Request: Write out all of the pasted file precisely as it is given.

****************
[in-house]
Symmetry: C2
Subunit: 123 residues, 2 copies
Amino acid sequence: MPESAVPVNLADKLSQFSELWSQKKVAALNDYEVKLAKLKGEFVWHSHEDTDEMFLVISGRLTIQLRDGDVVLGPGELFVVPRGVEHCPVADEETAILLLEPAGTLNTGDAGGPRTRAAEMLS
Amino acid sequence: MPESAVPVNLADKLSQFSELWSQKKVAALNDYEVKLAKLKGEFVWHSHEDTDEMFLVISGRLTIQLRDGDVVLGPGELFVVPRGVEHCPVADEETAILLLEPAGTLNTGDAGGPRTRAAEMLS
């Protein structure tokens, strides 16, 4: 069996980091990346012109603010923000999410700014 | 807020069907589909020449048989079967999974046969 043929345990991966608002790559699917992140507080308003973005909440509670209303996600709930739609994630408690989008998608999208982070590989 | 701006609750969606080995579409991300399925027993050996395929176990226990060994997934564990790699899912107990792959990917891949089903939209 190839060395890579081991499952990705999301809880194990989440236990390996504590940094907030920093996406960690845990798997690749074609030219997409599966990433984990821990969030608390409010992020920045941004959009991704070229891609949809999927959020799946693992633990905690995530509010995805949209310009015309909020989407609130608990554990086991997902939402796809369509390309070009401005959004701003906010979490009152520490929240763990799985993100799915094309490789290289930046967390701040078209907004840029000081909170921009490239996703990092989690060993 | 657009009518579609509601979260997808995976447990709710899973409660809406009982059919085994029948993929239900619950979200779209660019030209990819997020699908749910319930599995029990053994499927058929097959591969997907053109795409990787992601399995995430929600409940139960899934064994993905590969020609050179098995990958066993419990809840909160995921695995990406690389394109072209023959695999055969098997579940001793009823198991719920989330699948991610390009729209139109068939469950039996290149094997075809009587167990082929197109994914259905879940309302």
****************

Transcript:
[in-house]
Symmetry: C2
Subunit: 123 residues, 2 copies
Amino acid sequence: MPESAVPVNLADKLSQFSELWSQKKVAALNDYEVKLAKLKGEFVWHSHEDTDEMFLVISGRLTIQLRDGDVVLGPGELFVVPRGVEHCPVADEETAILLLEPAGTLNTGDAGGPRTRAAEMLS
Amino acid sequence: MPESAVPVNLADKLSQFSELWSQKKVAALNDYEVKLAKLKGEFVWHSHEDTDEMFLVISGRLTIQLRDGDVVLGPGELFVVPRGVEHCPVADEETAILLLEPAGTLNTGDAGGPRTRAAEMLS
């Protein structure tokens, strides 16, 4: 069996980091990346012109603010923000999410700014 | 807020069907589909020449048989079967999974046969 043929345990991966608002790559699917992140507080308003973005909440509670209303996600709930739609994630408690989008998608999208982070590989 | 701006609750969606080995579409991300399925027993050996395929176990226990060994997934564990790699899912107990792959990917891949089903939209 190839060395890579081991499952990705999301809880194990989440236990390996504590940094907030920093996406960690845990798997690749074609030219997409599966990433984990821990969030608390409010992020920045941004959009991704070229891609949809999927959020799946693992633990905690995530509010995805949209310009015309909020989407609130608990554990086991997902939402796809369509390309070009401005959004701003906010979490009152520490929240763990799985993100799915094309490789290289930046967390701040078209907004840029000081909170921009490239996703990092989690060993 | 657009009518579609509601979260997808995976447990709710899973409660809406009982059919085994029948993929239900619950979200779209660019030209990819997020699908749910319930599995029990053994499927058929097959591969997907053109795409990787992601399995995430929600409940139960899934064994993905590969020609050179098995990958066993419990809840909160995921695995990406690389394109072209023959695999055969098997579940001793009823198991719920989330699948991610390009729209139109068939469950039996290149094997075809009587167990082929197109994914259905879940309302």